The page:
Multiple factors are driving the increase, Navarro said. Rising health care prices can drive up costs for regulated health plans, such as those that comply with the Affordable Care Act. Higher costs push more Americans to look for cheaper options that typically don’t offer as much coverage and can confuse consumers. Such plans have expanded under President Donald Trump’s administration, Navarro said.

“I don’t want to sound political,” said Navarro, an elected Democrat, “but the previous presidential administration really pushed skinny plans and alternatives to the ACA, and I don’t necessarily think they understood the fraud that was associated with this plan.”

Finally, Navarro said, because states are the primary regulators of insurance, tamping down health care scams can be like playing whack-a-mole — when one state steps in, scammers move to another to set up shop.

To combat that tactic, Navarro said, insurance regulators around the country have created what he describes as a “confluence page” to share information among themselves about bad actors. For consumers, Navarro said, regulators are talking about creating a public lookup tool for investigating complaints against health insurance brokers, similar to the BrokerCheck tool created by the Financial Industry Regulatory Authority to monitor stockbrokers.

For now, he recommends working with healthcare navigators, who help consumers enroll in plans through the official health insurance marketplace, healthcare.gov. Also, regulators are taking legal action over misleading sales tactics. In August, the Federal Trade Commission won $100 million in refunds for consumers it said were “duped” by fraudulent health plans. Last year, the Massachusetts attorney general won $515,000 in consumer relief from an insurance company accused of deceptive sales practices.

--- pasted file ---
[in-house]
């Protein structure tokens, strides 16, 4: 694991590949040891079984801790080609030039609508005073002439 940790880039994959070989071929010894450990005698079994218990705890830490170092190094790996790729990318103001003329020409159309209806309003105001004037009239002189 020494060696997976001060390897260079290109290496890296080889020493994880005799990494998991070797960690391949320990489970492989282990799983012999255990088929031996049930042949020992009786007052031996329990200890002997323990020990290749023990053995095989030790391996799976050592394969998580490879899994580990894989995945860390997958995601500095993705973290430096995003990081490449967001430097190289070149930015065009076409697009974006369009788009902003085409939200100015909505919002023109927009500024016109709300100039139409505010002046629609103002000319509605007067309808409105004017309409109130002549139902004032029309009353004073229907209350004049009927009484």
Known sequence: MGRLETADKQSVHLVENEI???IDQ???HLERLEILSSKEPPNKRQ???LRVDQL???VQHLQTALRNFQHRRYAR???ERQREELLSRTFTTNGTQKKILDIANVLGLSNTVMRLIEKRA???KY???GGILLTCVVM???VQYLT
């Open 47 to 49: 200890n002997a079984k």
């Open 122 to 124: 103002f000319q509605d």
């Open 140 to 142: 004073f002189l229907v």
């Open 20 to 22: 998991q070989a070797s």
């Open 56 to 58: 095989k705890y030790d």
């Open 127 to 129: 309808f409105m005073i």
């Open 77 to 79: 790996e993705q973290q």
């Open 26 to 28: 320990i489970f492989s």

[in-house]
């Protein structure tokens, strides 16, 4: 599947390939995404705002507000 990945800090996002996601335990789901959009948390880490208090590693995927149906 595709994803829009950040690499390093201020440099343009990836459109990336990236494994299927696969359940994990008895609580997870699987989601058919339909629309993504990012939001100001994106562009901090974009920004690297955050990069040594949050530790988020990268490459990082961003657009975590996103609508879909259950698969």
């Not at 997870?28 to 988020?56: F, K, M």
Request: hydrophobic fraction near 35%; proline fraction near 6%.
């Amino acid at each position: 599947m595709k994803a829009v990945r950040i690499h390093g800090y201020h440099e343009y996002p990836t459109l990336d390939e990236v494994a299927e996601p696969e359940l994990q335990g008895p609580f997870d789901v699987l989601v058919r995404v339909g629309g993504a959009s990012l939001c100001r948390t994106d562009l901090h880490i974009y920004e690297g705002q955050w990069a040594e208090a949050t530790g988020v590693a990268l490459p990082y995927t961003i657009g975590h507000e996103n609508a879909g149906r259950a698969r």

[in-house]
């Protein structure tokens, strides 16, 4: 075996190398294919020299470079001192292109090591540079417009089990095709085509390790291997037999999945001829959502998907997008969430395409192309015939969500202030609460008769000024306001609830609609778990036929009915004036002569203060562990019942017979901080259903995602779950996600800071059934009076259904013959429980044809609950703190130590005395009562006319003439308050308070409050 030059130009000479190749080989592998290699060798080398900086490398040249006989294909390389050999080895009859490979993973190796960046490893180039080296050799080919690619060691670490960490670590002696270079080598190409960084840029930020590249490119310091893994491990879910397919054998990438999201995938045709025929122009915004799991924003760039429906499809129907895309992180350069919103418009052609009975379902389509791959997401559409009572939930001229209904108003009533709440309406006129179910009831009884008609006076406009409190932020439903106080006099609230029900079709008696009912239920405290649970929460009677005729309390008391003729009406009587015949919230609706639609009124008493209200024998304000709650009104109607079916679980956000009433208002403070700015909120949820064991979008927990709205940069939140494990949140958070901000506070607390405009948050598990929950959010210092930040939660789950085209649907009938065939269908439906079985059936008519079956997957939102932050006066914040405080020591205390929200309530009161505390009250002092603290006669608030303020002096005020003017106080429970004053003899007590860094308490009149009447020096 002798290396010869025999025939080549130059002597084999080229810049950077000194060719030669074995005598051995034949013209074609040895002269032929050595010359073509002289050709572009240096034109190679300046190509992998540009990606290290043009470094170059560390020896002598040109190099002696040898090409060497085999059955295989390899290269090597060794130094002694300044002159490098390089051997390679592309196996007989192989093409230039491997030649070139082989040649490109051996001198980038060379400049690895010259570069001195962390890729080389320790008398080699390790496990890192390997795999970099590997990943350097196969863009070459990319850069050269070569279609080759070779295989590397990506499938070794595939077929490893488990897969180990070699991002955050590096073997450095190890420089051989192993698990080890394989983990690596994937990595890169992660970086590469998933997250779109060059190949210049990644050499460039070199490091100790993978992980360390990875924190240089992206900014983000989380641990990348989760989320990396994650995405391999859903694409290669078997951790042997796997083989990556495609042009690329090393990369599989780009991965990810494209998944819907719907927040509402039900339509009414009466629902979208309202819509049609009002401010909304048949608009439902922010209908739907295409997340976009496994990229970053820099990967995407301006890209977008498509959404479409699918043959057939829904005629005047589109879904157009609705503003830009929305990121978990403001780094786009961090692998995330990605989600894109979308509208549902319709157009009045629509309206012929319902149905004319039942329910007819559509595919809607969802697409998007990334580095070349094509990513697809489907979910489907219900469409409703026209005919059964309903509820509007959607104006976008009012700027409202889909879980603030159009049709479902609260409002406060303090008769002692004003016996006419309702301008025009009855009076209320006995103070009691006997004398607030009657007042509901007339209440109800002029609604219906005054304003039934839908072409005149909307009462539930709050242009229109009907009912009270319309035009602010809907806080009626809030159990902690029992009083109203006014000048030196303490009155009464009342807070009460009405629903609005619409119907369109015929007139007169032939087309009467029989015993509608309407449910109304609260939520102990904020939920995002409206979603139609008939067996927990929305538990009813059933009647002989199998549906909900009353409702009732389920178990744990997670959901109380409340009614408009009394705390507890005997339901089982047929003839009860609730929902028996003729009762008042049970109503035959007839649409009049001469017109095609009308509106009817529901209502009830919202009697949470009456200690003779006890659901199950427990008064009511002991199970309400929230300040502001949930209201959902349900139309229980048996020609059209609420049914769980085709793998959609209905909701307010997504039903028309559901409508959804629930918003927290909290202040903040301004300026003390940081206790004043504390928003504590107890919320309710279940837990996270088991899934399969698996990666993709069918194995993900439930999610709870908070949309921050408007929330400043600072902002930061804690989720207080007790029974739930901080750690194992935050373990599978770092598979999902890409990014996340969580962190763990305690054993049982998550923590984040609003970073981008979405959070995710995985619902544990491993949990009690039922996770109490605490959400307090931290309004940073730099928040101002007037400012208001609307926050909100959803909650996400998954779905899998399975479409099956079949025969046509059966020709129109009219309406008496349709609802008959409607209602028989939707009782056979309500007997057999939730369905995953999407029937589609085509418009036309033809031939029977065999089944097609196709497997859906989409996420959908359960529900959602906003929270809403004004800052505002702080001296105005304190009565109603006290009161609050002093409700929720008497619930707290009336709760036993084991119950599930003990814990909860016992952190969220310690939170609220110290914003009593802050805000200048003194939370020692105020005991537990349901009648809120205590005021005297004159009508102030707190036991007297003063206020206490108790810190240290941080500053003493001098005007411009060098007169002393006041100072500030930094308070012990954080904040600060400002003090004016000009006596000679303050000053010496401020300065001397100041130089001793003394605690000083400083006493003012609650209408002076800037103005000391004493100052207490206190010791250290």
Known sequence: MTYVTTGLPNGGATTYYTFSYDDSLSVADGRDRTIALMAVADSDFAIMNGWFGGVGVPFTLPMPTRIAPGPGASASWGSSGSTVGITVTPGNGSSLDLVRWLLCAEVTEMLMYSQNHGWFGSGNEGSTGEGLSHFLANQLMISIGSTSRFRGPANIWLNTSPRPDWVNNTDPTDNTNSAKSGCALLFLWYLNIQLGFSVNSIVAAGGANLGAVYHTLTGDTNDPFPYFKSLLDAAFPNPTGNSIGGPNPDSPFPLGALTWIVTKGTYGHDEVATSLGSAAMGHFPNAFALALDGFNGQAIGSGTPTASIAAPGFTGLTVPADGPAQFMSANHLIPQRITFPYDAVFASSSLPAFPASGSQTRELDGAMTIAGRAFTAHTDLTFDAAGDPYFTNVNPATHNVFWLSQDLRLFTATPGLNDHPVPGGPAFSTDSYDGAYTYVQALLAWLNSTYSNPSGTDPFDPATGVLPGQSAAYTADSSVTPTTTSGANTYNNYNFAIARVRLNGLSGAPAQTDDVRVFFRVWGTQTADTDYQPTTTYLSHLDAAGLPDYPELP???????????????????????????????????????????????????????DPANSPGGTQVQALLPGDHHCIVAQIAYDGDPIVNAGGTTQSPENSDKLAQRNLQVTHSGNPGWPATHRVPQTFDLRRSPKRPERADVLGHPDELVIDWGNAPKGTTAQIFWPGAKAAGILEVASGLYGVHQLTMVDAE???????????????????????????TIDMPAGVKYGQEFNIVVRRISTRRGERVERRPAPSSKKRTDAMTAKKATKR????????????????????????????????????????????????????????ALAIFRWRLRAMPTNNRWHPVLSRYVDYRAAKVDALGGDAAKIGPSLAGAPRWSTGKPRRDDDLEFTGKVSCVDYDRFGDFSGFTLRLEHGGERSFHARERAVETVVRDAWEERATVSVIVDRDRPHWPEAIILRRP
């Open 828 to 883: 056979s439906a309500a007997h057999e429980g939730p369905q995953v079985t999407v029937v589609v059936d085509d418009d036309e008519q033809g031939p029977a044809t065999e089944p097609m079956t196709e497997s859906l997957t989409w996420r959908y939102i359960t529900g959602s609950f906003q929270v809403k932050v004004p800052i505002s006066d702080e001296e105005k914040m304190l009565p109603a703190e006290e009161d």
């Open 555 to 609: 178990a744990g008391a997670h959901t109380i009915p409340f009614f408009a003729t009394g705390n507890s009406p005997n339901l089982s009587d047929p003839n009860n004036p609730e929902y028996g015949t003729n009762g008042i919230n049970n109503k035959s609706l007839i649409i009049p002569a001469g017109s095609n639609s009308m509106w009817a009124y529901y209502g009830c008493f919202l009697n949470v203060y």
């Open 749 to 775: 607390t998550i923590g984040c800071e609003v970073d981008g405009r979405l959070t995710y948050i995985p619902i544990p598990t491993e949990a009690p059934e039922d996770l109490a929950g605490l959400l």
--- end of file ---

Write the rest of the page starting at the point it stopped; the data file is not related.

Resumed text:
Court filings from October indicate that California’s attorney general is investigating Jericho Share — the health care sharing ministry that Kelly McAuley said she unwittingly bought a plan for — to see if it complies with state requirements for health care sharing ministries.

A spokesman for Jericho Shares, Hubbard, said the company is “responding appropriately” to the attorney general’s investigation.

Macauley reached out to KHN after reading about a June investigation about consumers who said they thought they were buying insurance only to later find out they had been sold memberships in the health care sharing ministry.

Hubbard noted that since that story was published, Jericho Shares automatically issues refunds for new customers within 72 hours of a request within 30 days of signing up, no longer allows “outsourced marketing for enrollment,” and includes member guides and pop-ups. Adds -up. The website states that Jericho Share is a healthcare sharing ministry.

The company responded online to McAuley’s bad review on the Better Business Bureau website, asking for more information about her case. He said he provided that information but never heard back.

After Macauley tried unsuccessfully to cancel his Jericho Share plan with the company directly, he said, he called his credit card company to stop the company from authorizing any more charges. When she described her situation, McAuley said, a sympathetic credit card representative told her, “It’s fraud,” and offered to try to get McAuley back all of her premiums.

Even if that effort succeeds, Macauley will be left with thousands of dollars in medical bills while unknowingly uninsured.

He is again in the market for health insurance and plans to choose a company he has heard of before.

“Whatever the cost,” Macauley said, “I just want to know I really have insurance.”

KHN (Kaiser Health News) is a national newsroom that produces in-depth journalism about health issues. Along with policy analysis and polling, KHN is one of the three main operating programs of the KFF (Kaiser Family Foundation). KFF is a non-profit organization that provides health information to the nation.